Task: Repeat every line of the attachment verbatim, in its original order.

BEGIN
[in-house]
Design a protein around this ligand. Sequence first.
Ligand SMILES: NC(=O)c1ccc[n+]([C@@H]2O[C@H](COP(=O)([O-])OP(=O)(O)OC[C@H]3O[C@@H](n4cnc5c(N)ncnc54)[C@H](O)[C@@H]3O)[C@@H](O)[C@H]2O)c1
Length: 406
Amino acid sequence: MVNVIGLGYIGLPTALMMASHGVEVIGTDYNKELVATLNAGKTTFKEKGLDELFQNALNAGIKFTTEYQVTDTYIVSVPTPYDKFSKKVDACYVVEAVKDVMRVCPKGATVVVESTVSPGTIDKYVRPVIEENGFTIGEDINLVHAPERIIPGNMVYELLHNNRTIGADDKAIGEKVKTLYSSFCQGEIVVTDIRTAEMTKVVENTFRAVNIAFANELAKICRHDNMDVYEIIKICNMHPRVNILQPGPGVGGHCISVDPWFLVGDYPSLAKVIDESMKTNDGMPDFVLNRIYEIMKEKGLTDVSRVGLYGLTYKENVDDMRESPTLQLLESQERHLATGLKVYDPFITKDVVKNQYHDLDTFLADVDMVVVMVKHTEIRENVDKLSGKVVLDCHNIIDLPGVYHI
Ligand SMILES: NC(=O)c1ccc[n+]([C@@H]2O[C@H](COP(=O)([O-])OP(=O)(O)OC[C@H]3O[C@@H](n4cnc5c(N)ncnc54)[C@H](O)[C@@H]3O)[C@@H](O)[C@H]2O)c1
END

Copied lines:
[in-house]
Design a protein around this ligand. Sequence first.
Ligand SMILES: NC(=O)c1ccc[n+]([C@@H]2O[C@H](COP(=O)([O-])OP(=O)(O)OC[C@H]3O[C@@H](n4cnc5c(N)ncnc54)[C@H](O)[C@@H]3O)[C@@H](O)[C@H]2O)c1
Length: 406
Amino acid sequence: MVNVIGLGYIGLPTALMMASHGVEVIGTDYNKELVATLNAGKTTFKEKGLDELFQNALNAGIKFTTEYQVTDTYIVSVPTPYDKFSKKVDACYVVEAVKDVMRVCPKGATVVVESTVSPGTIDKYVRPVIEENGFTIGEDINLVHAPERIIPGNMVYELLHNNRTIGADDKAIGEKVKTLYSSFCQGEIVVTDIRTAEMTKVVENTFRAVNIAFANELAKICRHDNMDVYEIIKICNMHPRVNILQPGPGVGGHCISVDPWFLVGDYPSLAKVIDESMKTNDGMPDFVLNRIYEIMKEKGLTDVSRVGLYGLTYKENVDDMRESPTLQLLESQERHLATGLKVYDPFITKDVVKNQYHDLDTFLADVDMVVVMVKHTEIRENVDKLSGKVVLDCHNIIDLPGVYHI
Ligand SMILES: NC(=O)c1ccc[n+]([C@@H]2O[C@H](COP(=O)([O-])OP(=O)(O)OC[C@H]3O[C@@H](n4cnc5c(N)ncnc54)[C@H](O)[C@@H]3O)[C@@H](O)[C@H]2O)c1